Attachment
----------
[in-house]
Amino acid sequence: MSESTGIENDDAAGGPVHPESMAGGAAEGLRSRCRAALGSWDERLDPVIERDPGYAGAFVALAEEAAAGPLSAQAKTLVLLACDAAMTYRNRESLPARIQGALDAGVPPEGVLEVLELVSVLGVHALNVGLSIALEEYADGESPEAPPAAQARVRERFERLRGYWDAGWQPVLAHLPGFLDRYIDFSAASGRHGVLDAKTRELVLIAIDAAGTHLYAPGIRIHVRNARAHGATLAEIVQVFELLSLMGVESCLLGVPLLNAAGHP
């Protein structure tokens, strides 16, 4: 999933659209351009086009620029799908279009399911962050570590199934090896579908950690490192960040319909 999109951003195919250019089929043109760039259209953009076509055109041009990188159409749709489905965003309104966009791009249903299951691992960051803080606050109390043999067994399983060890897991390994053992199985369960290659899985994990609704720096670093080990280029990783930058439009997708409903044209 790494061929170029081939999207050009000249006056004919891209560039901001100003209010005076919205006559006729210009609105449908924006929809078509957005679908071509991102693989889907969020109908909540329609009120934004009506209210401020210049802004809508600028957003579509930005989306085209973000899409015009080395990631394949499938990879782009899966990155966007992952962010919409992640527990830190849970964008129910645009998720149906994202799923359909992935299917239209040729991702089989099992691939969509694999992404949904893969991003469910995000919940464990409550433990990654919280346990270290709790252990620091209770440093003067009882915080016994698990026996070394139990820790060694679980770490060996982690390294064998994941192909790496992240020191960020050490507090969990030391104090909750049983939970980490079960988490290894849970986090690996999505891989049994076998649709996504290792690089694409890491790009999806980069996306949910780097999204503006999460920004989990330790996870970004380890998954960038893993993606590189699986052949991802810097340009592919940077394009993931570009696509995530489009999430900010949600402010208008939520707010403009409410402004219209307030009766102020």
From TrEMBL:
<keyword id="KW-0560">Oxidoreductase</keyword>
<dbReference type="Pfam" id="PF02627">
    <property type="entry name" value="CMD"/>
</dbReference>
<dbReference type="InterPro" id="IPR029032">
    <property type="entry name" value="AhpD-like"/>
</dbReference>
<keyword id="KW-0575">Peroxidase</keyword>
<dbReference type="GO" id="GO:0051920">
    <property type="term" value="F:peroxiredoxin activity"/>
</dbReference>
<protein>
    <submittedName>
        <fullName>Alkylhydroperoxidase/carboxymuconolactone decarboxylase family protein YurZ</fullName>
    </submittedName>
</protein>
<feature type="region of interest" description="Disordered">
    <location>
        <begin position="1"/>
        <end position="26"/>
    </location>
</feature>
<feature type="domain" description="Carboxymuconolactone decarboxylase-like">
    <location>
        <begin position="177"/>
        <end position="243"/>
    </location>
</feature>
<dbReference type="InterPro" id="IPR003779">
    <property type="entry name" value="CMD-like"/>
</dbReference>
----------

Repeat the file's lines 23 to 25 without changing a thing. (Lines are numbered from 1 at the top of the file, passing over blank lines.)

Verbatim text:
        <begin position="1"/>
        <end position="26"/>
    </location>